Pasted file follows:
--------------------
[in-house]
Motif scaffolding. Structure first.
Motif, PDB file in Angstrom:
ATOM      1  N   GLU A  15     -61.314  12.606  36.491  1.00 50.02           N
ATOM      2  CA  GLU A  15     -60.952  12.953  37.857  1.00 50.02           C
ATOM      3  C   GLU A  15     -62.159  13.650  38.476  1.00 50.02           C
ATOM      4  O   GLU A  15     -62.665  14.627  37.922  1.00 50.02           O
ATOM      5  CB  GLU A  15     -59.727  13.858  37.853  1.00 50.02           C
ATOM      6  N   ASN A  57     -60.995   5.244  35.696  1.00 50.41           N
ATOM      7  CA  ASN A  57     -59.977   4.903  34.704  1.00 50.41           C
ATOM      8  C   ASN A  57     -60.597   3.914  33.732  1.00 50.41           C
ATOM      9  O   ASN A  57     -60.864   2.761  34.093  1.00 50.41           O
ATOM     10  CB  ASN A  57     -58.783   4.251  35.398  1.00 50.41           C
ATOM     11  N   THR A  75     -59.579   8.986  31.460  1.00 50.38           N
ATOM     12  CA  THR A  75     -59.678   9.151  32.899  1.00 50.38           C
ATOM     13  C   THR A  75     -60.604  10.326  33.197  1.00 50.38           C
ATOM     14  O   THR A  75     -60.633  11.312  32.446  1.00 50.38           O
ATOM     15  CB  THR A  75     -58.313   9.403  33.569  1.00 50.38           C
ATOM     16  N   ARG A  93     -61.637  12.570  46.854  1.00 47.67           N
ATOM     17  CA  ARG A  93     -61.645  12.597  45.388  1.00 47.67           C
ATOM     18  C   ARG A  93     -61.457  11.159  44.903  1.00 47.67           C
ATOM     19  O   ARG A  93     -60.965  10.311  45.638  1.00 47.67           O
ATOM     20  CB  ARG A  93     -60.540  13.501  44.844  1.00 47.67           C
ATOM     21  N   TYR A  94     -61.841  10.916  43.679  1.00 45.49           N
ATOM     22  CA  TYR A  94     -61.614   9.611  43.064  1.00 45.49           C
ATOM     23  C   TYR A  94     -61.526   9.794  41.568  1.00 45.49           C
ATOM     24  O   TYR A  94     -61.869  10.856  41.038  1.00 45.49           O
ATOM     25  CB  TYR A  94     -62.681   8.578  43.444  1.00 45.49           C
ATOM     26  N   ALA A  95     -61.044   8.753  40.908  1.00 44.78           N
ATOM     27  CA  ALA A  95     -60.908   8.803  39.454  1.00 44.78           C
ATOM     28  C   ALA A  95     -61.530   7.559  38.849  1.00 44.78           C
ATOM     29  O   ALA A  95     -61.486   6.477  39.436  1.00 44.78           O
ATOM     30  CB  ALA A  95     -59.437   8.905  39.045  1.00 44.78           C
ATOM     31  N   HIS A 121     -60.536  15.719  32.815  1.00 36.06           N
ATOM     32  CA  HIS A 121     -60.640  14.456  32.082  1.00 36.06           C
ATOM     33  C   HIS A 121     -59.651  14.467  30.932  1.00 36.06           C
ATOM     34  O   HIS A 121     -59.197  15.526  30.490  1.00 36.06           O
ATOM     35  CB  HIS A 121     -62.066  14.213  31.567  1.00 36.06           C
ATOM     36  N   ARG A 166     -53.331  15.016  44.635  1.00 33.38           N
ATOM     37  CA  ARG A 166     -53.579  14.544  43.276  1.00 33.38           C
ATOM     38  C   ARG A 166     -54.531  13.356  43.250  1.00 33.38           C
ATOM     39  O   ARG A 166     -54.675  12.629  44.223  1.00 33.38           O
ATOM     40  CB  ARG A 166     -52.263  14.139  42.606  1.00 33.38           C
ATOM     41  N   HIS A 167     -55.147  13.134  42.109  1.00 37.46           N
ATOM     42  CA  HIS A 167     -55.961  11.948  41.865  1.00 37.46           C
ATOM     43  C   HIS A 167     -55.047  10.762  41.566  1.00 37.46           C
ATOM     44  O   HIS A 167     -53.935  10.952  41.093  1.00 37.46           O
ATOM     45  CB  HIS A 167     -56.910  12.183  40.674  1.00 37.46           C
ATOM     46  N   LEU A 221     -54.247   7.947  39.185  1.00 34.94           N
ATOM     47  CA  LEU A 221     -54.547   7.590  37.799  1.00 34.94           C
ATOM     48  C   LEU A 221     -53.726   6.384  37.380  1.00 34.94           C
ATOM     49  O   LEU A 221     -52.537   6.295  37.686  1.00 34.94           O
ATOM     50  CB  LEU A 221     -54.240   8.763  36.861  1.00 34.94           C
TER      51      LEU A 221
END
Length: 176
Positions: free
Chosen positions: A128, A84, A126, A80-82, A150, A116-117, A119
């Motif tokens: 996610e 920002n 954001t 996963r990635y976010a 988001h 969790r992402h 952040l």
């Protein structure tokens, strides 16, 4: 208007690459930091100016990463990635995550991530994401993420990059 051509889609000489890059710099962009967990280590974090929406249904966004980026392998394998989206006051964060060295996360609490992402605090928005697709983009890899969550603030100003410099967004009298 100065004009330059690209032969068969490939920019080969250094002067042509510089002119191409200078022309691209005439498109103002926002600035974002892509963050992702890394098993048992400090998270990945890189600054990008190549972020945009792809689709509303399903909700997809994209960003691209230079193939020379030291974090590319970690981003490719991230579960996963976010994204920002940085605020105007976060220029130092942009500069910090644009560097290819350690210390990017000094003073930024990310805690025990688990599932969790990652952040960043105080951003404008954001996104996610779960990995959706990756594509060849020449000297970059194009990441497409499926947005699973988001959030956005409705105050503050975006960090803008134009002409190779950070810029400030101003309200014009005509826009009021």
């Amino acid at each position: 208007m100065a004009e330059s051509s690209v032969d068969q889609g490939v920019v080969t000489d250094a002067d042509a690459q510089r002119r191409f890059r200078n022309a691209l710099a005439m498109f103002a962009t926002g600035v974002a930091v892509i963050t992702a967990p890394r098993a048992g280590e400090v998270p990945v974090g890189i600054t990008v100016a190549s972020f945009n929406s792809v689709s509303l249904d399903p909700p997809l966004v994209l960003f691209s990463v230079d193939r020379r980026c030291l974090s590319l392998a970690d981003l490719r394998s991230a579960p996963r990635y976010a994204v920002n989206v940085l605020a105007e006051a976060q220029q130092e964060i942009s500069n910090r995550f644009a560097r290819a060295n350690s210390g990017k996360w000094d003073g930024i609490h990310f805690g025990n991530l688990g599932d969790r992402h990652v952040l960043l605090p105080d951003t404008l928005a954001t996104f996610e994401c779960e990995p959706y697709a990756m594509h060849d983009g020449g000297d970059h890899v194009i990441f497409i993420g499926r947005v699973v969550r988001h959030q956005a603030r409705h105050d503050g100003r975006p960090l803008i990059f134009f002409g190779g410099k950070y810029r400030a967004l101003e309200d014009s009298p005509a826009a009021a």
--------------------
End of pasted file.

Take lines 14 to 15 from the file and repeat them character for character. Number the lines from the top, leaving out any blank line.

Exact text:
ATOM     11  N   THR A  75     -59.579   8.986  31.460  1.00 50.38           N
ATOM     12  CA  THR A  75     -59.678   9.151  32.899  1.00 50.38           C